The Norman Conquest
in 1066 brought much change to the island nation, including many immigrants with new names. Among these immigrants were the ancestors of the Hallsall family, who lived in Lancashire
, as Lords of the Manor of Halsall.
Early Origins of the Hallsall family
The surname Hallsall was first found in Lancashire
where they held a family seat
as Lords of the manor of Halsall. At the time of the taking of the Domesday Book
in 1086 the village of Halsall was held by Count Roger de Poitou, a Norman noble who was Earl of Lancaster, and conjecturally the Halsalls are descended from this line. "The manor [of Birkdale, Lancashire], in the reign of Henry IV., was held by the Halsalls." CITATION[CLOSE]
Lewis, Samuel, A Topographical Dictionary of England. Institute of Historical Research, 1848, Print.
Unfortunately, by the 17th century the manor was passed on to other families.
Perhaps this entry will shed some light into the lost manor. "By this time there had probably been an infeudation in favour of the Halsall family. In 1346, the fourth part of a knight's fee in Argar Meols was held by Otes de Halsall; he rendered 10s [(shillings)], but it was stated that the place 'had been annihilated by the sea and there was no habitation there.' From an inquisition taken in 1404, it appears that the manors of Argar Meols and Birkdale had been held by Otes' father, Gilbert, so that the transfer from the old lords to the new must have taken place about 1320. " CITATION[CLOSE]
'Townships: Scarisbrick', in A History of the County of Lancaster: Volume 3, ed. William Farrer and J Brownbill (London, 1907), pp. 265-276. British History Online http://www.british-history.ac.uk/vch/lancs/vol3/pp265-276 [accessed 21 January 2017].
Early History of the Hallsall family
This web page shows only a small excerpt of our Hallsall research.Another 157 words (11 lines of text) covering the years 1548 and 1599 are included under the topic Early Hallsall History in all our PDF Extended History products and printed products wherever possible.
Hallsall Spelling Variations
Before the last few hundred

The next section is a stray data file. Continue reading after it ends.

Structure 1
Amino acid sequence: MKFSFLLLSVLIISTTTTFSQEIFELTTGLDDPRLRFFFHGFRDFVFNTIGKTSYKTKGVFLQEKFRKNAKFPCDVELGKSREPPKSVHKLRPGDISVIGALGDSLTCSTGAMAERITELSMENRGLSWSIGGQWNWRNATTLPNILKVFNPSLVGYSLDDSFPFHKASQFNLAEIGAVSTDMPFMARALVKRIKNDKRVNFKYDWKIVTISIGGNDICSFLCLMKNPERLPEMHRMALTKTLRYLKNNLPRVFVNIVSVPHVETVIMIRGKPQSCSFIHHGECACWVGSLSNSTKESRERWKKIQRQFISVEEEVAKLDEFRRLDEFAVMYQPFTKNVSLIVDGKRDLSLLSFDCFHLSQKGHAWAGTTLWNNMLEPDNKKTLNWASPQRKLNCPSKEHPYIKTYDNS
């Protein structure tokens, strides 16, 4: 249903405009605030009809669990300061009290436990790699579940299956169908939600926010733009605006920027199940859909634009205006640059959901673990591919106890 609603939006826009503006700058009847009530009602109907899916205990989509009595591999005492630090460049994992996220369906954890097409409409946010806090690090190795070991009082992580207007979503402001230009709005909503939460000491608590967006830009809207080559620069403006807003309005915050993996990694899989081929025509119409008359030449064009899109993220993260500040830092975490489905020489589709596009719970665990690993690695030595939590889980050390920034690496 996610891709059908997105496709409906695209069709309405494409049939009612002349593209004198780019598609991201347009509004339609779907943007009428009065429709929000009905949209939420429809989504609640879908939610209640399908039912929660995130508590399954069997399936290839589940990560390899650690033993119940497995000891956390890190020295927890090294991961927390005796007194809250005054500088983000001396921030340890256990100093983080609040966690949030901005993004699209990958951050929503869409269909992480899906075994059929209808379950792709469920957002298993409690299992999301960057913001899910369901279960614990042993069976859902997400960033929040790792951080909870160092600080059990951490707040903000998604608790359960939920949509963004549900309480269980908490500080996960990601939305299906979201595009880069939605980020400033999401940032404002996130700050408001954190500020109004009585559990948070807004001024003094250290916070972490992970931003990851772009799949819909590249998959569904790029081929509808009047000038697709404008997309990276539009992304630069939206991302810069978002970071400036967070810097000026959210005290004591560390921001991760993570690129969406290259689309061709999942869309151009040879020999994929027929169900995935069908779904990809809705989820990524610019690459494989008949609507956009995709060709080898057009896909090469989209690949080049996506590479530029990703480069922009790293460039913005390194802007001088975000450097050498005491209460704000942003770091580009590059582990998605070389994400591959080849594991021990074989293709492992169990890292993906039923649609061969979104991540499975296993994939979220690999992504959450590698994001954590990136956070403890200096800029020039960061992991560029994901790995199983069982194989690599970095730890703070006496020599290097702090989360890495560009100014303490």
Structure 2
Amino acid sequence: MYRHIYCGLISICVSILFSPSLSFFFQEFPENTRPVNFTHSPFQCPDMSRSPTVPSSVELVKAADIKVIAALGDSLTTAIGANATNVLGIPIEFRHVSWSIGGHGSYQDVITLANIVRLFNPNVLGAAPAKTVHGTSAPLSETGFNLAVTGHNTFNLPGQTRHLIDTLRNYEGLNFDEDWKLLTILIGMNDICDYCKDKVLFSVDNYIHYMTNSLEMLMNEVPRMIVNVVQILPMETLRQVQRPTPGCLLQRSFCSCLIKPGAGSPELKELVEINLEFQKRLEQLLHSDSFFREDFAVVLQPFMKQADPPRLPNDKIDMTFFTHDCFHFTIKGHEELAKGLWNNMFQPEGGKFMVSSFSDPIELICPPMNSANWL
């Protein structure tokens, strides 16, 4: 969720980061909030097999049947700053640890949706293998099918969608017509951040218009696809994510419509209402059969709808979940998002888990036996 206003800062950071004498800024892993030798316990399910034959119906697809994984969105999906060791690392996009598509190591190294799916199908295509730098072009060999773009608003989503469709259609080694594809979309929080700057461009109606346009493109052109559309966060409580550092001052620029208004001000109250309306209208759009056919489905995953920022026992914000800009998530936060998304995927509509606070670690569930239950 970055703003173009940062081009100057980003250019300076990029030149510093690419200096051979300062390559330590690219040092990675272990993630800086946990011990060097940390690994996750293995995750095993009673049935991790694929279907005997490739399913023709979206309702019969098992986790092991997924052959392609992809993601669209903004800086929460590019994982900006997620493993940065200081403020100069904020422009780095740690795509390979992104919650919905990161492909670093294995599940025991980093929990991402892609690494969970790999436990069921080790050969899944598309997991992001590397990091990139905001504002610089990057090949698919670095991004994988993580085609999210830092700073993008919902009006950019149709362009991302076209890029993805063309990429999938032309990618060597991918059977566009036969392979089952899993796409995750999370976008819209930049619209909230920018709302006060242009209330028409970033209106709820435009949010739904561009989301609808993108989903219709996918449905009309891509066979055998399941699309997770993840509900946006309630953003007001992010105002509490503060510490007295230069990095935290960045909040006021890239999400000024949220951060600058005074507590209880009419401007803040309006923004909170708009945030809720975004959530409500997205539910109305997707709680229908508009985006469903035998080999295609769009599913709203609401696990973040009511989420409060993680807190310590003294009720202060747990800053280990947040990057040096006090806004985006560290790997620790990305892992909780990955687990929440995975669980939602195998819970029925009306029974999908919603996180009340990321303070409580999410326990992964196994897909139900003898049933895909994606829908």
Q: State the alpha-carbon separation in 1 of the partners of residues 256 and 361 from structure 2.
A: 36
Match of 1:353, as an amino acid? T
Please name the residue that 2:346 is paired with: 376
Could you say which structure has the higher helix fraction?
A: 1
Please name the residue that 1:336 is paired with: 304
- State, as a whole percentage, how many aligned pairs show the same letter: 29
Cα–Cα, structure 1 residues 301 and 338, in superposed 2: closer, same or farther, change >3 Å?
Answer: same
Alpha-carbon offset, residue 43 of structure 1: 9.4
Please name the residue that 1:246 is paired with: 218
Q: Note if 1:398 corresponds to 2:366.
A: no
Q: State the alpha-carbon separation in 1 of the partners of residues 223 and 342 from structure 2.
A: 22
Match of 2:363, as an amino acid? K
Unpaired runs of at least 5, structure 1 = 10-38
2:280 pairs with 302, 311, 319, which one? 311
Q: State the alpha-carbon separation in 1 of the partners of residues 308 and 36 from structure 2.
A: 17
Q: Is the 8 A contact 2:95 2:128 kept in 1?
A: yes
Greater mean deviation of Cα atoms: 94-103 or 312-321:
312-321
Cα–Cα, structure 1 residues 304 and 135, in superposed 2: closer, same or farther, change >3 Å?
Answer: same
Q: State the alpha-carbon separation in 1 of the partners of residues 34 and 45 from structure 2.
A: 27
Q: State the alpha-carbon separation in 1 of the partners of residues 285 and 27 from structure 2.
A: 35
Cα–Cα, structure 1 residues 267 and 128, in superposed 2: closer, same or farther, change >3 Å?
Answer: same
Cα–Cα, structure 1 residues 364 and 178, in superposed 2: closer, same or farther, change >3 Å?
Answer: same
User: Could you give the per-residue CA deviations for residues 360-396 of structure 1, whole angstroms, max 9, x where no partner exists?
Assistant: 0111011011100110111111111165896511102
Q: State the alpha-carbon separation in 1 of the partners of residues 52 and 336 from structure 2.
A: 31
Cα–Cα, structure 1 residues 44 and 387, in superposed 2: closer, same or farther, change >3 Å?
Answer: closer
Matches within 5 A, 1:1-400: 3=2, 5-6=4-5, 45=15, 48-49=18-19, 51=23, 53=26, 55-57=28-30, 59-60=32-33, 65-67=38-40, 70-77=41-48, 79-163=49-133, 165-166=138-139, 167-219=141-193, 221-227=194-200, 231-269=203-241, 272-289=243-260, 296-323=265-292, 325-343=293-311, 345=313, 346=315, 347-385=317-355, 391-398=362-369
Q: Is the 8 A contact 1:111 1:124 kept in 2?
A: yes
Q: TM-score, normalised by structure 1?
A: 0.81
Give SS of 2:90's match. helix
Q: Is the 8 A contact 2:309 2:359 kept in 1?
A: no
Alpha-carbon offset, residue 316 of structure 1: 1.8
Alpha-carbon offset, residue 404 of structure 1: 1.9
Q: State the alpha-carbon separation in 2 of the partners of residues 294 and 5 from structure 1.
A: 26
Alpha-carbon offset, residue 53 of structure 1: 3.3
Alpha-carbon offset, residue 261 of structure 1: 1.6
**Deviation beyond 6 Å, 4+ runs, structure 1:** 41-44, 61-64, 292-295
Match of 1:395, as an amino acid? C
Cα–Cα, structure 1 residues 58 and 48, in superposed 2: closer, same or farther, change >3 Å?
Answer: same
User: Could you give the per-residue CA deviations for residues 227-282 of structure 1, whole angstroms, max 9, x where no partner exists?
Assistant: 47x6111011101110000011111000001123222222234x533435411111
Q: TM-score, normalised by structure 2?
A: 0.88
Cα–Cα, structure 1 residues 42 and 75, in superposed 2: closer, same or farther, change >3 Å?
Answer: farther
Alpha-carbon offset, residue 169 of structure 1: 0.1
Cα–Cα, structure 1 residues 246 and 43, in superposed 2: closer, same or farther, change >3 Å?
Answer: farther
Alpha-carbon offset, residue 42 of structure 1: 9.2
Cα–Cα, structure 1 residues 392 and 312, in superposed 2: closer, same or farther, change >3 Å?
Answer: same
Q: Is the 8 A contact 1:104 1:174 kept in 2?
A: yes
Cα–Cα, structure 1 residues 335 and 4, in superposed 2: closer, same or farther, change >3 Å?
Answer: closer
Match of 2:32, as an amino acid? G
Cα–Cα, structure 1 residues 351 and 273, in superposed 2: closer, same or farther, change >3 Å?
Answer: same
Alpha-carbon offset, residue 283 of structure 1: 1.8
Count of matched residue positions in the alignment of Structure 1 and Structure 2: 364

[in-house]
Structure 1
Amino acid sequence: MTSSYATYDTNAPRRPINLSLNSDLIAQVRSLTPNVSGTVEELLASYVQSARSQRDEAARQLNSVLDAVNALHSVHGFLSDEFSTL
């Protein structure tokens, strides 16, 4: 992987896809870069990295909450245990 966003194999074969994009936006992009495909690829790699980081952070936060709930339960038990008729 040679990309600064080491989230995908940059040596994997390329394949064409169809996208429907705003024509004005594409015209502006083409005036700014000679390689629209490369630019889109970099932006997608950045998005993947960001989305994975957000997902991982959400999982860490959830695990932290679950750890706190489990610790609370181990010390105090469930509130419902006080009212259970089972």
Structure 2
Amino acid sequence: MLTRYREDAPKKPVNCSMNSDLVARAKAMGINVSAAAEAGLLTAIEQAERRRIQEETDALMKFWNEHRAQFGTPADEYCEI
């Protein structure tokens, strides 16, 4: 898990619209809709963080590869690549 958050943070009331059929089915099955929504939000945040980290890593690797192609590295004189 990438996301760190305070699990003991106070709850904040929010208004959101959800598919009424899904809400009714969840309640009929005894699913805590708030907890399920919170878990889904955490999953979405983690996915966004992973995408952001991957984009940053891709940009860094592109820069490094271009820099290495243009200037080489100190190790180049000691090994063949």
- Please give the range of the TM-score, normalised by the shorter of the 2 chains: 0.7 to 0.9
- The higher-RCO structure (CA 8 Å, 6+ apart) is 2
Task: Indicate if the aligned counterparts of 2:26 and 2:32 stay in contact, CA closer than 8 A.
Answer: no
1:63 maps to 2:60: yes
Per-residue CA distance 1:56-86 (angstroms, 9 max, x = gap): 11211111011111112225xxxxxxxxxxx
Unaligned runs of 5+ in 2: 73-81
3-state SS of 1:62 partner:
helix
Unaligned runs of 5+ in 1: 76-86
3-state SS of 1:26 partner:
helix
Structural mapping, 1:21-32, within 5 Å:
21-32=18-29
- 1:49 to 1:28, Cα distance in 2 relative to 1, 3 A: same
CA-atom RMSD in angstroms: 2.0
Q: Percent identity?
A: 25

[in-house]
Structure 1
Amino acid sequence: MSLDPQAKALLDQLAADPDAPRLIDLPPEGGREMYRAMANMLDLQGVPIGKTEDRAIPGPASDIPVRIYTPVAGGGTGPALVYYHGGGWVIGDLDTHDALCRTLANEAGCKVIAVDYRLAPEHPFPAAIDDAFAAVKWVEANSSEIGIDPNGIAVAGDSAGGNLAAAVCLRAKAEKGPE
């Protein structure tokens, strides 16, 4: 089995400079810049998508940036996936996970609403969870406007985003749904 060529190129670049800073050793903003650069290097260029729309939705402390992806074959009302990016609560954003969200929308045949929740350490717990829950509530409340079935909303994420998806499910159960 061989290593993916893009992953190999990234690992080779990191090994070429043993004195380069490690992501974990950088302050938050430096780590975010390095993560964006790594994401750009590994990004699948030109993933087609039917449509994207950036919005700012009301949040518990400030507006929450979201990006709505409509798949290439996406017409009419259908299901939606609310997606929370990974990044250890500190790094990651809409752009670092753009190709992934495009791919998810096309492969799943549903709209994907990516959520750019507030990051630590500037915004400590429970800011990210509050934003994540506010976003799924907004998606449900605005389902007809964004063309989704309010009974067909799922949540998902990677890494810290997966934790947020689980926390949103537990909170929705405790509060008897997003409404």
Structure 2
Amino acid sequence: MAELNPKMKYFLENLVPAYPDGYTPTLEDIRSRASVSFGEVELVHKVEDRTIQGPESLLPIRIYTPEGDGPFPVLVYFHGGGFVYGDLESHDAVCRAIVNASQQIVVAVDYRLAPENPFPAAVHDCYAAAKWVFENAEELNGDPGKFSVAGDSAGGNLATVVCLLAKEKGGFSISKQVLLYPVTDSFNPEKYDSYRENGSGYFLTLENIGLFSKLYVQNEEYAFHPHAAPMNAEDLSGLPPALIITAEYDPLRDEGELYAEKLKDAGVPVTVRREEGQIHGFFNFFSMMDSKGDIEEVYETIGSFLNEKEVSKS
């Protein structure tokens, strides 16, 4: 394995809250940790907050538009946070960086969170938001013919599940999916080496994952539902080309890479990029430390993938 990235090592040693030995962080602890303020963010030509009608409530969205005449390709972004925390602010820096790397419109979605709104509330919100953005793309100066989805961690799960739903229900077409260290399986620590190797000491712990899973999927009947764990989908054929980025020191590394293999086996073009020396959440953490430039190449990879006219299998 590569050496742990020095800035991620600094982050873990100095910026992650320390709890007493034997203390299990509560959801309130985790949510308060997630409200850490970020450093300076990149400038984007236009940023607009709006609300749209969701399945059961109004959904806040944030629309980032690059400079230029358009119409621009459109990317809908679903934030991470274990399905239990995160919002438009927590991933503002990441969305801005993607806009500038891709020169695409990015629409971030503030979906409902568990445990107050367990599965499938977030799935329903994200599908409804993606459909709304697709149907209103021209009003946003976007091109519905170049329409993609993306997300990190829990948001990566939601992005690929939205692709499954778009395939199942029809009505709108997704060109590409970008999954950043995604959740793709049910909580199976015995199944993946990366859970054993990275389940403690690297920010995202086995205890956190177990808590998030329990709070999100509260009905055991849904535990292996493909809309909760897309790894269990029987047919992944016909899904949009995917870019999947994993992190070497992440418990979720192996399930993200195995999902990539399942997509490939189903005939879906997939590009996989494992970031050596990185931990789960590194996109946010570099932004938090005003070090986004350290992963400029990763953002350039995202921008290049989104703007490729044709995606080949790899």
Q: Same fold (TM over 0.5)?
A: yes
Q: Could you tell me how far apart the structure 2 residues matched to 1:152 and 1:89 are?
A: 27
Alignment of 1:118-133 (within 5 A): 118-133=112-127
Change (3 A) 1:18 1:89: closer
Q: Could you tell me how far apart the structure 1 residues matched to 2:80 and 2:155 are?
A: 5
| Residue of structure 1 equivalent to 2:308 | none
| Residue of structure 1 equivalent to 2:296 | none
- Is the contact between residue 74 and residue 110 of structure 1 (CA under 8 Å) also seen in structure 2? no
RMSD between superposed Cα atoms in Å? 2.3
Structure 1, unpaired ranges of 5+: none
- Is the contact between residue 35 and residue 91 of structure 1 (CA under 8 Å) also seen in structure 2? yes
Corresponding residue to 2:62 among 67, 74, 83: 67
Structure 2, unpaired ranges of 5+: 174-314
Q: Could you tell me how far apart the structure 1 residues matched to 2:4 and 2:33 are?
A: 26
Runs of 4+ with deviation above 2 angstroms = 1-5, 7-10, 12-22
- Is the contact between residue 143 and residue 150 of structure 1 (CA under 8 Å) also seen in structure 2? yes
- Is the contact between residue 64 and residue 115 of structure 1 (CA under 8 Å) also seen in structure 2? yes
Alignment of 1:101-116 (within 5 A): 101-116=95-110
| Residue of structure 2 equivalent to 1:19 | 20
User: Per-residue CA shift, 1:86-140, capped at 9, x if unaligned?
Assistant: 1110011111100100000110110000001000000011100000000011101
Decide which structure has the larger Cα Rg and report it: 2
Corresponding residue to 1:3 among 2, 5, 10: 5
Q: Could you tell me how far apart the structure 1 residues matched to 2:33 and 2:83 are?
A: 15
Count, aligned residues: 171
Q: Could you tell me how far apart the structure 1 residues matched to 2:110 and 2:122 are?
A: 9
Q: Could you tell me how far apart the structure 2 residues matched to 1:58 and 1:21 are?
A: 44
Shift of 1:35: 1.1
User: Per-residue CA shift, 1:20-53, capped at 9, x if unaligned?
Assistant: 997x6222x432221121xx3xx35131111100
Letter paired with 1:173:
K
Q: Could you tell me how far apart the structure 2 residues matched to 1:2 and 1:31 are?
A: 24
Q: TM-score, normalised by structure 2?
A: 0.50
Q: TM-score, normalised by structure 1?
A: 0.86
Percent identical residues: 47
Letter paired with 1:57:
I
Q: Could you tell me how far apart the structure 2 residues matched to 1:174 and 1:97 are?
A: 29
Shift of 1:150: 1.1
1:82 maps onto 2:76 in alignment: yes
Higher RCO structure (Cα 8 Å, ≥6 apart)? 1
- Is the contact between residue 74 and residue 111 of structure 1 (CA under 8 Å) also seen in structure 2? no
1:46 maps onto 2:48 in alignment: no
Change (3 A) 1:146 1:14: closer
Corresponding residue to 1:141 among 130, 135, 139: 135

years the English language had no fixed system of spelling rules. For that reason, spelling variations
occurred commonly in Anglo Norman surnames. Over the years, many variations of the name Hallsall were recorded, including Hallsall, Halsall, Halshall, Hawshall, Halsell, Hallsell and many more.
Early Notables of the Hallsall family (pre 1700)
More information is included under the topic Early Hallsall Notables in all our PDF Extended History products
and printed products wherever possible.
Migration of the Hallsall family to Ireland
Some of the Hallsall family moved to Ireland
, but this topic is not covered in this excerpt. More information about their life in Ireland
is included in all our PDF Extended History products
and printed products wherever possible.
Migration of the Hallsall family to the New World and Oceana
The unstable environment in England
at this time caused numerous families to board ships and leave in search of opportunity and freedom from persecution abroad in places like Ireland
, and particularly the New World. The voyage was extremely difficult, however, and only taken at great expense. The cramped conditions and unsanitary nature of the vessels caused many to arrive diseased and starving, not to mention destitute from the enormous cost. Still opportunity in the emerging nations of Canada and the United States was far greater than at home and many went on to make important contributions to the cultures of their adopted countries. An examination of many early immigration records reveals that people bearing the name Hallsall arrived in North America very early: James Halsall landed in Philadelphia, Pennsylvania in 1844.
Hallsall Family Crest Products
- ^ Lewis, Samuel, A Topographical Dictionary of England. Institute of Historical Research, 1848, Print.
- ^ 'Townships: Scarisbrick', in A History of the County of Lancaster: Volume 3, ed. William Farrer and J Brownbill (London, 1907), pp. 265-276. British History Online http://www.british-history.ac.uk/vch/lancs/vol3/pp265-276 [accessed 21 January 2017].